You can use LabVIEW, LabWindows/CVI (now a component of Measurement Studio), and other NI software to communicate with Microsoft Excel via ActiveX Automation. ActiveX is a technology that allows you to reuse code (written in any language) that has a defined interface. Then, you can make that code accessible to other applications. ActiveX Automation applications interact in a Client/Server model, where the Automation Server exposes objects that can be controlled by the Automation Client (also known as the Automation Controller).
"Automation Object" is a modern term for a programming interface. Automation Objects can have methods -- which are functions that perform an action on the object, such as saving or printing it. In addition, the Automation Objects can have properties -- which are variables that set or return information about the state of an object, such as its width, height, or state.
When you write a LabVIEW or LabWindows/CVI application to control Excel, your program acts as the Automation client and Excel acts as the Automation server. Excel exposes numerous objects, including workbooks, worksheets, charts, and ranges of cells that can be accessed through automation. From LabVIEW or LabWindows/CVI, you can only manipulate the objects that Excel exposes to other applications. This means that Excel determines what it exposes, and what values and variables must be passed to each method or property.
For more information on how LabVIEW supports ActiveX, see the related link ActiveX and LabVIEW.
2. Basics of using LabVIEW with Excel
To integrate Excel objects with your LabVIEW VIs, you need to understand the Excel object model as well as how to perform ActiveX automation from LabVIEW. For information about the Excel Object Model, see the Excel Object Model Help file located on your Microsoft Office CD. In addition, the Microsoft Object Model Guide lists the organization of all the objects in the Office 97 applications.
The basic procedure is to open a reference to Excel from LabVIEW, invoke methods and get/set properties, and then close the reference. Notice that since Excel will allow you to open references to different objects in its hierarchy, you must close each one individually. In LabVIEW 7.1 or earlier, refer to the ActiveX Support chapter of the LabVIEW User Manual (linked below) for more information about using LabVIEW with Excel. In LabVIEW 8.0 or later, refer to the Using ActiveX with LabVIEW topic in the LabVIEW Help (linked below).
For basic LabVIEW examples of printing with Excel, reading and writing data to Excel, running an Excel macro, and using the SaveAs method, see the related link below Using LabVIEW as an Automation Client with Microsoft Excel. As of LabVIEW 2010, you can easily export data and images to Excel. To learn more about this functionality, see the LabVIEW Help.
Plus, for a specific example of how to use the ActiveX Automation VIs to access cell values from Excel 97/2000 worksheets, see the related link Reading Values from Microsoft Excel 97 or Excel 2000 Worksheets. For a specific example of a LabVIEW program that accepts the path and file name of an Excel spreadsheet file and uses background printing, see the related link Printing Excel Spreadsheet Files Using ActiveX.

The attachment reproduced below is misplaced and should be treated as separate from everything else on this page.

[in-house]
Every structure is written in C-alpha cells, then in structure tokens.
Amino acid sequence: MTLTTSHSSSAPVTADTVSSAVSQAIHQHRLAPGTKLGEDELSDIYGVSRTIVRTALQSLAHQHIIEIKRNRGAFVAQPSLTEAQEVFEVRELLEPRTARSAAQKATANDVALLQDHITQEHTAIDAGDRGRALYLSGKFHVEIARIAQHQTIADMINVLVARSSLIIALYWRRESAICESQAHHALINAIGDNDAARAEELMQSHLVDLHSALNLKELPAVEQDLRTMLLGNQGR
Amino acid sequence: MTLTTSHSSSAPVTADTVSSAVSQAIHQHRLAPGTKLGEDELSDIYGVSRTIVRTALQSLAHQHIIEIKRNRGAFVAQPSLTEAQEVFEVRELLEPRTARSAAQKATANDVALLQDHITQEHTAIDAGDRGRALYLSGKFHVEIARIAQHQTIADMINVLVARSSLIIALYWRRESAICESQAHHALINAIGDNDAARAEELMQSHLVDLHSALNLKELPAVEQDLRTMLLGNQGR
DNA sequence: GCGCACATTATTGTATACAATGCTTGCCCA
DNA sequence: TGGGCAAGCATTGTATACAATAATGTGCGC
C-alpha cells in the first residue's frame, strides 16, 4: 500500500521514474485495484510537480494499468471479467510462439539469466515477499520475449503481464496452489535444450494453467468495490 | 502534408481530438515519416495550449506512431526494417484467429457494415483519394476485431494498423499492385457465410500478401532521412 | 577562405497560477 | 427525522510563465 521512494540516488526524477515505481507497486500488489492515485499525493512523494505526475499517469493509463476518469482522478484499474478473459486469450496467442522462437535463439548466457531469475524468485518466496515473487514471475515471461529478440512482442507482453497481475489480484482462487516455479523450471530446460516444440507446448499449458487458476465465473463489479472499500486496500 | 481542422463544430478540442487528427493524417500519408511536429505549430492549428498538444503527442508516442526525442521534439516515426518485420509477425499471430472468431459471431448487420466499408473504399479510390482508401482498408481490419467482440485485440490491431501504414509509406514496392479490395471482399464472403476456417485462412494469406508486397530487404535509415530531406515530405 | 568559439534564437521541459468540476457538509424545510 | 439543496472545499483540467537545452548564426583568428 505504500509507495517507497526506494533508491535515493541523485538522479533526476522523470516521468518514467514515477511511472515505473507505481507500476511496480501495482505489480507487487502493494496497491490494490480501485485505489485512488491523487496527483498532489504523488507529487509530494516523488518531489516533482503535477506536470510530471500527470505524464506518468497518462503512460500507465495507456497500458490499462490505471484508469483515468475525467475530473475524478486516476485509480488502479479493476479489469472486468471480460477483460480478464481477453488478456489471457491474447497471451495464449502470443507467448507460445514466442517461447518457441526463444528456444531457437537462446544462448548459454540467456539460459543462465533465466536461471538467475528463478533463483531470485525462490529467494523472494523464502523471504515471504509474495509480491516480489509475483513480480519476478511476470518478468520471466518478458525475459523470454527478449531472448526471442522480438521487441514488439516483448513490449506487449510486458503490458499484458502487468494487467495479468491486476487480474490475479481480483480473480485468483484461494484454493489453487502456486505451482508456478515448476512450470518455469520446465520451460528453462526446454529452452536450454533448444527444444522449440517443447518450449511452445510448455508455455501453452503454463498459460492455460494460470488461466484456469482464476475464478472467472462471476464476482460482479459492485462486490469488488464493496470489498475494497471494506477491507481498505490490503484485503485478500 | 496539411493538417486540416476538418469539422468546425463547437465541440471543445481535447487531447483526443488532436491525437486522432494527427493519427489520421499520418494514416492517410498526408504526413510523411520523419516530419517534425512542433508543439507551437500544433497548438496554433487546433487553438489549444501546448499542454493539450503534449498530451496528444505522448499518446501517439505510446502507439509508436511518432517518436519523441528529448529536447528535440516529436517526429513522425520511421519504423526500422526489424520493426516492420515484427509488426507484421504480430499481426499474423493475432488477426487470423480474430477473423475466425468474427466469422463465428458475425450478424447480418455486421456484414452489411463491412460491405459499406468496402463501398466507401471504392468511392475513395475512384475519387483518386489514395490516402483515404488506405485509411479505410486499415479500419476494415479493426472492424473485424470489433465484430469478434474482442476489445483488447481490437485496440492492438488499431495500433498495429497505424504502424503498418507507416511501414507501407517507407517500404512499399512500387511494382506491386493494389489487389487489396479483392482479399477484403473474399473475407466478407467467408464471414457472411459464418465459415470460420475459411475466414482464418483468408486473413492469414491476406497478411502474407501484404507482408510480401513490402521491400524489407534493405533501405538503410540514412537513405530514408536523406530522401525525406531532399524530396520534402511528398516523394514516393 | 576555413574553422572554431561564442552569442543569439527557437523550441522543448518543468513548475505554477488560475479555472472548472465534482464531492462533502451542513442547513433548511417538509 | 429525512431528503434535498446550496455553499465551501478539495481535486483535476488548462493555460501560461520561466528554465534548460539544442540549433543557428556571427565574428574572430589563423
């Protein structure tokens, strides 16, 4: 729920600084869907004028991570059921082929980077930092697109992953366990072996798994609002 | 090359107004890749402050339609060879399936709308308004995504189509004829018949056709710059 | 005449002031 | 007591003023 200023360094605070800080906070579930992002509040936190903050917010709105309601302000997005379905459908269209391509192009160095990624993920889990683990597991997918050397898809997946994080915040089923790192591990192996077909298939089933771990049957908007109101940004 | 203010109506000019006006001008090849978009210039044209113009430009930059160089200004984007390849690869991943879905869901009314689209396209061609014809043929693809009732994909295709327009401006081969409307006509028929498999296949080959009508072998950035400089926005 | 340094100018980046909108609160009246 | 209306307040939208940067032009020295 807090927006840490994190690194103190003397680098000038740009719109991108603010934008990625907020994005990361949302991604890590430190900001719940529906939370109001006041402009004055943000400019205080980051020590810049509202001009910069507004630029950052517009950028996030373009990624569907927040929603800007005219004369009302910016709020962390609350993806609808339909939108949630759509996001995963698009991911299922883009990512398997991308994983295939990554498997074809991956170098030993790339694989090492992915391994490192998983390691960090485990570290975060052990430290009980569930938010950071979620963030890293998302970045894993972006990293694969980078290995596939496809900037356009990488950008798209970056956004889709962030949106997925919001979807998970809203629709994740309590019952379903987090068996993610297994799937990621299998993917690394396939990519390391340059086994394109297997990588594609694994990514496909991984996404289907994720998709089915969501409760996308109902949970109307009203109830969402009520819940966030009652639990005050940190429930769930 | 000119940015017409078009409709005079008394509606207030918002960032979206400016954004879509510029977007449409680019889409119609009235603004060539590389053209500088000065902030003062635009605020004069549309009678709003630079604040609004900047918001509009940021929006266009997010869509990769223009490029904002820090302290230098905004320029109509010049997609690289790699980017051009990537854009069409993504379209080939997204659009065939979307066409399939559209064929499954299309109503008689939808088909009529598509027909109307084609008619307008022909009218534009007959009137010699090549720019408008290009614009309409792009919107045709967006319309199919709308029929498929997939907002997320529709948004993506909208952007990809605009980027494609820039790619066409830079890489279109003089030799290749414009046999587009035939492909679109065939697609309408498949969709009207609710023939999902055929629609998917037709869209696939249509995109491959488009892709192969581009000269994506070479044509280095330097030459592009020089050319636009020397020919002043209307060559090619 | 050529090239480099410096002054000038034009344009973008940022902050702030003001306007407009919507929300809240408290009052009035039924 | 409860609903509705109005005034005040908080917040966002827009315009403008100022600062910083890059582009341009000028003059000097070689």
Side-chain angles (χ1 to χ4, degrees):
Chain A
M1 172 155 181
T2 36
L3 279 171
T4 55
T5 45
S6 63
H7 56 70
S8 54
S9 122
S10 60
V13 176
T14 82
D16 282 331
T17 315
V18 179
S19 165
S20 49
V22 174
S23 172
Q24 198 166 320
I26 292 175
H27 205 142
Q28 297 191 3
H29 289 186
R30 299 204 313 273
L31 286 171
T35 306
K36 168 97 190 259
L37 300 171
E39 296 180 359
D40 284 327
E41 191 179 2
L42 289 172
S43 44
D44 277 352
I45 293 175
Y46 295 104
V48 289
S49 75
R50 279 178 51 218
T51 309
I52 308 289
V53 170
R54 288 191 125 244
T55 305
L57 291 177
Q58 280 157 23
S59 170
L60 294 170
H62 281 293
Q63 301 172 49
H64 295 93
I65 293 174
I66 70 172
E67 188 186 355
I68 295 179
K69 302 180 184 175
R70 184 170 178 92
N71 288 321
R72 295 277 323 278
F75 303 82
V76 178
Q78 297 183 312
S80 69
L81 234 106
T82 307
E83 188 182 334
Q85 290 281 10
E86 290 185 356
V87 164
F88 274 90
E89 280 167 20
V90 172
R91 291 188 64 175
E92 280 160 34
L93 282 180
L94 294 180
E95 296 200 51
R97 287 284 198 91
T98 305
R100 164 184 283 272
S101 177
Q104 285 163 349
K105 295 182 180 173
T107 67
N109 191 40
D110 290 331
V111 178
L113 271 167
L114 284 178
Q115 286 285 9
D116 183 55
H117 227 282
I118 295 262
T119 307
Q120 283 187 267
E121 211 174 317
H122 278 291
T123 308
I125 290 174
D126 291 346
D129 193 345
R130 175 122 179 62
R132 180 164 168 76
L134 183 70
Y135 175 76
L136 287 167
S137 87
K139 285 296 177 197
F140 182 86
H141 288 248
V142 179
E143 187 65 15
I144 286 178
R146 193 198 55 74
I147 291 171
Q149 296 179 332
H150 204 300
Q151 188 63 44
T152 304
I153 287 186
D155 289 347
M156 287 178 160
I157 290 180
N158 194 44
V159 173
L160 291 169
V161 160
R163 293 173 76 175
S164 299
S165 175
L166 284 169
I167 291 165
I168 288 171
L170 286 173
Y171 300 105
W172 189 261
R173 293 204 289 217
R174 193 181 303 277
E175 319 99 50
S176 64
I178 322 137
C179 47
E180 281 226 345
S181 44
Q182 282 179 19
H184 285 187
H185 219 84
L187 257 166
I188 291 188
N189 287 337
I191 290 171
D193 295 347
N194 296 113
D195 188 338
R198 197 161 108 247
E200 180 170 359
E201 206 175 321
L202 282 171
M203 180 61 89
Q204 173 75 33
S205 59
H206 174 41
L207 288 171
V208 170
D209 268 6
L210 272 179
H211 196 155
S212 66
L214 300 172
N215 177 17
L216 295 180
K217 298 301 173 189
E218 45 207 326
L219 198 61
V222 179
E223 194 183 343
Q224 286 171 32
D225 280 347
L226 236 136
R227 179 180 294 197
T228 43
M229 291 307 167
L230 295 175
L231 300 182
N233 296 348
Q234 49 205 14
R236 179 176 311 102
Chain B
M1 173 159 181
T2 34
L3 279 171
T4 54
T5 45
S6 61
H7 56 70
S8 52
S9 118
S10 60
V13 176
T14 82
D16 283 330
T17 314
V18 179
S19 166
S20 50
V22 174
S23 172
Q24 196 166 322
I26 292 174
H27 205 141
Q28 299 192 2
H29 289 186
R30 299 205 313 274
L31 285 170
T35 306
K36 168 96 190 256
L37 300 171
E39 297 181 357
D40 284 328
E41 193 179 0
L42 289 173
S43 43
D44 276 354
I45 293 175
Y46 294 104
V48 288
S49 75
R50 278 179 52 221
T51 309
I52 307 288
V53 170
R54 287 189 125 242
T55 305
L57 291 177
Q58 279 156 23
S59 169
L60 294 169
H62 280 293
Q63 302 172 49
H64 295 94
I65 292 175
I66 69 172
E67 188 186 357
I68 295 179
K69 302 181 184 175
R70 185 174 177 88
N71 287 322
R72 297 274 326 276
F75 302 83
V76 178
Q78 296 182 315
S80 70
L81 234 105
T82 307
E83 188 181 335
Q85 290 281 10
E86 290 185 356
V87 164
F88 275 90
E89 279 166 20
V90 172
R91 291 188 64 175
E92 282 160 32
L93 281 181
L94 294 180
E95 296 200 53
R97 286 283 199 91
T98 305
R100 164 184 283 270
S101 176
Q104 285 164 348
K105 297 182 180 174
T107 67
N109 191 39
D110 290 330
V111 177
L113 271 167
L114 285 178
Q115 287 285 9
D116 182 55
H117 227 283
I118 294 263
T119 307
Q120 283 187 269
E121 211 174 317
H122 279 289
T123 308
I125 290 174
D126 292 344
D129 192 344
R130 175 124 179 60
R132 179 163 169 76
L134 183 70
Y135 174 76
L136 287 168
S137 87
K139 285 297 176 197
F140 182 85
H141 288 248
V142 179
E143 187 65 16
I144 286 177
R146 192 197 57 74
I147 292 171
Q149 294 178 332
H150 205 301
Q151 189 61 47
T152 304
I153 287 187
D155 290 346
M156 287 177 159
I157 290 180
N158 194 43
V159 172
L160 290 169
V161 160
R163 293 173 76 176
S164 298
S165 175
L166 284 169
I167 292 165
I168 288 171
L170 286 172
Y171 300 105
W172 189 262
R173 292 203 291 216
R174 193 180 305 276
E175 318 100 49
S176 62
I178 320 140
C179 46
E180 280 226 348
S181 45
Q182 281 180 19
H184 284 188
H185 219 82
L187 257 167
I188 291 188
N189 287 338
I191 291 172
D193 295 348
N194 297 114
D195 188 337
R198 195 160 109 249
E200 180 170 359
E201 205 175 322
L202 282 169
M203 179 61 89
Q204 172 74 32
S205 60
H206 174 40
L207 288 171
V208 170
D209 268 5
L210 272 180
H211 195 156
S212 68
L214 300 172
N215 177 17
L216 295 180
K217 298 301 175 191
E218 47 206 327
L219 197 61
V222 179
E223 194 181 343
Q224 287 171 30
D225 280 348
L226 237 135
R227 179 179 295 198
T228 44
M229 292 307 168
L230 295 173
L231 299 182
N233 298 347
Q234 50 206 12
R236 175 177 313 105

3. Basics of using LabWindows/CVI with Excel
LabWindows/CVI provides a wizard to guide you through development of applications that invoke Excel. Go to Tools>>Create ActiveX Automation Controller and browse the Server's exposed objects to create a CVI instrument driver (a set of C functions) that wrap the methods or properties of the object. By calling the functions in the generated instrument driver from within a CVI program, you can invoke the methods and set or get the properties of the Server objects.
The CVI IDE (Integrated Development Environment) application is also an Automation Server. This means that you can control the CVI IDE from within other Automation Controllers. For example, you can move files in and out of CVI projects, compile a file, or build a project from within another application.
For examples of how to use LabWindows/CVI to control Excel 97 and Excel 2000 through the ActiveX Automation interfaces, see the related links below Controlling Microsoft Excel for Office 2000 with an ActiveX Automation Server and Controlling Microsoft Excel for Office 97 through Active X Automation.
Plus, for examples for how to use Active X events from Excel 97 or Excel 2000, see the related links Handling ActiveX Automation Events in Excel for Office 2000 and Handling Active X Automation Events in Excel for Office 97.
Controlling Microsoft Excel for Office 2000 with an ActiveX Automation Server
Controlling Microsoft Excel for Office 97 through ActiveX Automation
Handling ActiveX Automation Events in Excel for Office 2000
Handling ActiveX Automation Events in Excel for Office 97
4. Using Excel with Measure and HiQ
Finally, you can use Excel with the Measure and HiQ products -- as shown in the related link below VBA with Measure and HiQ. The example shows you how to create dialog boxes in Excel, invoke Measure tasks from Visual Basic for Applications (VBA), and control HiQ from Visual Basic with its automation server. It also shows you an easy way to save and restore settings using the registry commands in Visual Basic.